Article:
“In the early 2000s, I played a key role in implementing a roll-over feature at Cingular,” says Arroyo. A roll-over feature allows a cellular customer to take unused minutes and data from a given month and carry it to the next month. “This was a great project to improve customer service and it involved IT, marketing and the product group,” says Arroyo. Leading an effort to significantly improve a product or service used by the company’s customer is an excellent way for the CIO to make a strategic contribution.
The value of a growth environment
Climbing the corporate ladder is a challenging task. Several of the CIOs interviewed mentioned the importance of supportive managers and corporate culture in growing their skills. “I came into the organization in a technical role. Over time, I was encouraged to take on additional responsibilities,” says United Technologies’ Davis. “It’s easy to become comfortable in a role that you know how to do well – moving to new roles is a key way to continue your growth.”
[Related: Why passion is a requirement for today's CIO]
Davis also shared that United Technologies is committed to career development. As an executive, she has worked with people in her organization to help them advance and move to new opportunities. As you seek to grow your career, give some thought to your organization’s growth culture. If career development conversations lead nowhere and you see little evidence of promotions elsewhere at the firm, you may need to consider leaving the organization to continue your growth.
Developing business acumen
“Over my career, I served in a variety of business units at United Technologies,” says Davis. Those different experiences included working closely with customers. Successful interaction with customers is a key skill for aspiring CIOs to develop. You may begin your career as a software developer or engineer. Those technical skills and experience are highly valuable, yet they are not enough for an aspiring executive. Developing deep business insight is vital in order to succeed as a technology executive.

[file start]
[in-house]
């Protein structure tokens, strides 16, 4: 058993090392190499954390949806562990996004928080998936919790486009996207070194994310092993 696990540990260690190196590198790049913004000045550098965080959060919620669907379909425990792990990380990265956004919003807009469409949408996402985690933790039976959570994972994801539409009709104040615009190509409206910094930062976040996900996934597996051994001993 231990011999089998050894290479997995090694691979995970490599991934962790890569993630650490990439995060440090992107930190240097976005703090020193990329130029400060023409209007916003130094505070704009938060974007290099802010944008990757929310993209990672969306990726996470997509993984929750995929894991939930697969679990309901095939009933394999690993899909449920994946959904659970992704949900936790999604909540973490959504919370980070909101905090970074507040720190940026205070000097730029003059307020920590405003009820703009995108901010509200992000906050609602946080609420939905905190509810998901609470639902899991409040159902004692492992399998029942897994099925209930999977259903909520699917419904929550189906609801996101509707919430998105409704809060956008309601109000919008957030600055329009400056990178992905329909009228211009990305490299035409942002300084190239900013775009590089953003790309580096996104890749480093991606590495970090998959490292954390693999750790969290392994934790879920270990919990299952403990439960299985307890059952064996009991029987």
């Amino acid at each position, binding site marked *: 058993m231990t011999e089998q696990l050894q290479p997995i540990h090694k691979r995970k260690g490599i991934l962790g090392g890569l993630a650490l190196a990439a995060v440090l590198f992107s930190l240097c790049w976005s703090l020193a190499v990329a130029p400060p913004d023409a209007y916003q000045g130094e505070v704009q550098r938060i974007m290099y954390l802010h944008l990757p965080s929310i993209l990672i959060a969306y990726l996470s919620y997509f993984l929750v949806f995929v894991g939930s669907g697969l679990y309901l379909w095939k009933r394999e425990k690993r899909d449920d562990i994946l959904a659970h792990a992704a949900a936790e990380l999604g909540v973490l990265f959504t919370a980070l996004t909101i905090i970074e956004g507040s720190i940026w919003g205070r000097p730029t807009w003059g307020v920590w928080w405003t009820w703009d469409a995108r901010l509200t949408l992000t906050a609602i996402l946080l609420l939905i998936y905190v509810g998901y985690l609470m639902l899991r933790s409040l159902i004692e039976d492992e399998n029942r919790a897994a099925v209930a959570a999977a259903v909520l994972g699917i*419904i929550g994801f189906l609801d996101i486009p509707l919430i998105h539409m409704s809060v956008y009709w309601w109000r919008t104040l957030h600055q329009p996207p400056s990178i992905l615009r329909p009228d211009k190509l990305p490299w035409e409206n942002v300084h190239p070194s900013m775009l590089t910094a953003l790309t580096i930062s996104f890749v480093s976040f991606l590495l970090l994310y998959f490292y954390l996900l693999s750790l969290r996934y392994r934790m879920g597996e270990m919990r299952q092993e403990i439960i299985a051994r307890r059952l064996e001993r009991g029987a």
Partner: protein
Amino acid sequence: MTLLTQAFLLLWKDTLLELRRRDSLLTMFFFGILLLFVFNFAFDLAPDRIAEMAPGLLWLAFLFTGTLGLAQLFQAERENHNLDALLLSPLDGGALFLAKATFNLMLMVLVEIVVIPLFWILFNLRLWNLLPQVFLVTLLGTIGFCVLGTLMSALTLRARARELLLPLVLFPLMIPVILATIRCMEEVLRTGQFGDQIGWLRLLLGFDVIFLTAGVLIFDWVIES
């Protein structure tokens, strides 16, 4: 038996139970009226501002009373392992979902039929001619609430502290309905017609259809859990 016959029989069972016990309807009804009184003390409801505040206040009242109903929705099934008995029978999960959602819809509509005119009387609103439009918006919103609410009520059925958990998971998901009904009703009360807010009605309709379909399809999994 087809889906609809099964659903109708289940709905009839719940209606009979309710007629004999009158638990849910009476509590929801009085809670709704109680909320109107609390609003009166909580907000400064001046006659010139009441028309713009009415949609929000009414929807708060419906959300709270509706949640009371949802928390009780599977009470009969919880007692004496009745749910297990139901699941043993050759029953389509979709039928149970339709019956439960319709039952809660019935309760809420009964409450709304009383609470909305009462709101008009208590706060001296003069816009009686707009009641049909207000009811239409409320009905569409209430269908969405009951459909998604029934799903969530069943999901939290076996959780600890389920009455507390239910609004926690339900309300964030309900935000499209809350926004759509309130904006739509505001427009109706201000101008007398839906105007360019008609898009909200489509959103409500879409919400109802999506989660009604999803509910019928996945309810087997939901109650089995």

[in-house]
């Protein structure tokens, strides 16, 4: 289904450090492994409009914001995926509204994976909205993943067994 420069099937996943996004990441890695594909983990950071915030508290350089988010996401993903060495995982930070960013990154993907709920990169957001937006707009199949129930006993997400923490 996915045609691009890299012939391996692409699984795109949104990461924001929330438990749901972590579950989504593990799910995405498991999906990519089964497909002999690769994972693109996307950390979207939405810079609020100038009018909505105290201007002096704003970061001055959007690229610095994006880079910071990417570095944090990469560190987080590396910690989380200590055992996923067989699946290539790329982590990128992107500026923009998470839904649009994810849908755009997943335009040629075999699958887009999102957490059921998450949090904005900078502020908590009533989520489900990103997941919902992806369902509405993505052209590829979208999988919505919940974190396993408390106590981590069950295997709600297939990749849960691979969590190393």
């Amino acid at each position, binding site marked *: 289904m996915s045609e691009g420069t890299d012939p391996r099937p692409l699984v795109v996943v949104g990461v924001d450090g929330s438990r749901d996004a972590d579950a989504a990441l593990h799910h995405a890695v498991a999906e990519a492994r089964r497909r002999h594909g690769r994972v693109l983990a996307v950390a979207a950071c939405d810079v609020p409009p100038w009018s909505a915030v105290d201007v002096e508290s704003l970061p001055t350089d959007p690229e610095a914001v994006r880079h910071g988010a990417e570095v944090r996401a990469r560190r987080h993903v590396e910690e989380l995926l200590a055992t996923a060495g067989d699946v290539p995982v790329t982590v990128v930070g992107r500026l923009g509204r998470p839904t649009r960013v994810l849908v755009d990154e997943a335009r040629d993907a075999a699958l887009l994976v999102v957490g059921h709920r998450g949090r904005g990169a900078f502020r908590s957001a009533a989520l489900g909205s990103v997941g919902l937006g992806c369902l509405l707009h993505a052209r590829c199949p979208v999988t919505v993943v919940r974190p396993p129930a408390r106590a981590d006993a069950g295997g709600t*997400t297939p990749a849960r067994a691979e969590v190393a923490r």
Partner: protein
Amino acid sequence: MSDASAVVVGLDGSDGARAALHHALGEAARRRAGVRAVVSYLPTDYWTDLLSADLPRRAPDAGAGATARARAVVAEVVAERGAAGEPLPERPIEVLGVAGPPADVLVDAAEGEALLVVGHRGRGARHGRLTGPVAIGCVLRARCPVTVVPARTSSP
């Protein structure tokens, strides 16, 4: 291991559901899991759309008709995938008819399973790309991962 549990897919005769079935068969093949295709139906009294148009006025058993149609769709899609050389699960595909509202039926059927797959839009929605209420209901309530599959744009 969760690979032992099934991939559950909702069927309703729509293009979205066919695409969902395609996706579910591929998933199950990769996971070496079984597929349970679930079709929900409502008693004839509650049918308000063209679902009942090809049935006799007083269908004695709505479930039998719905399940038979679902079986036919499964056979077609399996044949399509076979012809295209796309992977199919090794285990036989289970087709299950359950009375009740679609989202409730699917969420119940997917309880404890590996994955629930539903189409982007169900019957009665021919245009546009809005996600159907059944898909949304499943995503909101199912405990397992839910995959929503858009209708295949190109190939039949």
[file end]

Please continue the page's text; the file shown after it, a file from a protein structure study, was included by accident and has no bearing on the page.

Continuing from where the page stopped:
“I believe one of my greatest strengths is the ability to convert a business problem into a technology opportunity,” says Venkatraman, who leads a 2,000-person IT organization at Verizon. Venkatraman’s comment shows the importance of perspective in business acumen: Instead of being overwhelmed by problems, look for a way to build or apply technology to solve a customer’s problem.
The special CIO role in technology companies
Leading the IT function in a technology company represents a special challenge and opportunity. “I see my unit as a customer advocate and we act as an enterprise customer,” says DuBois. In his official bio, DuBois explains his approach in the following terms: “[We] help [to] ensure that Microsoft is the “first and best customer” of its own products.” Serving as a customer and early user of a company’s products is an excellent way for a CIO to add value in a technology company.
If your company builds technology products, you have an exceptional opportunity to contribute as a CIO. Specifically, you can offer to be an early customer of the technology and provide feedback to the product group. In addition, you can adopt your organization’s technology and serve as an enthusiastic customer. Both approaches show commitment to the organization and help the IT organization maintain a focus on the end customer.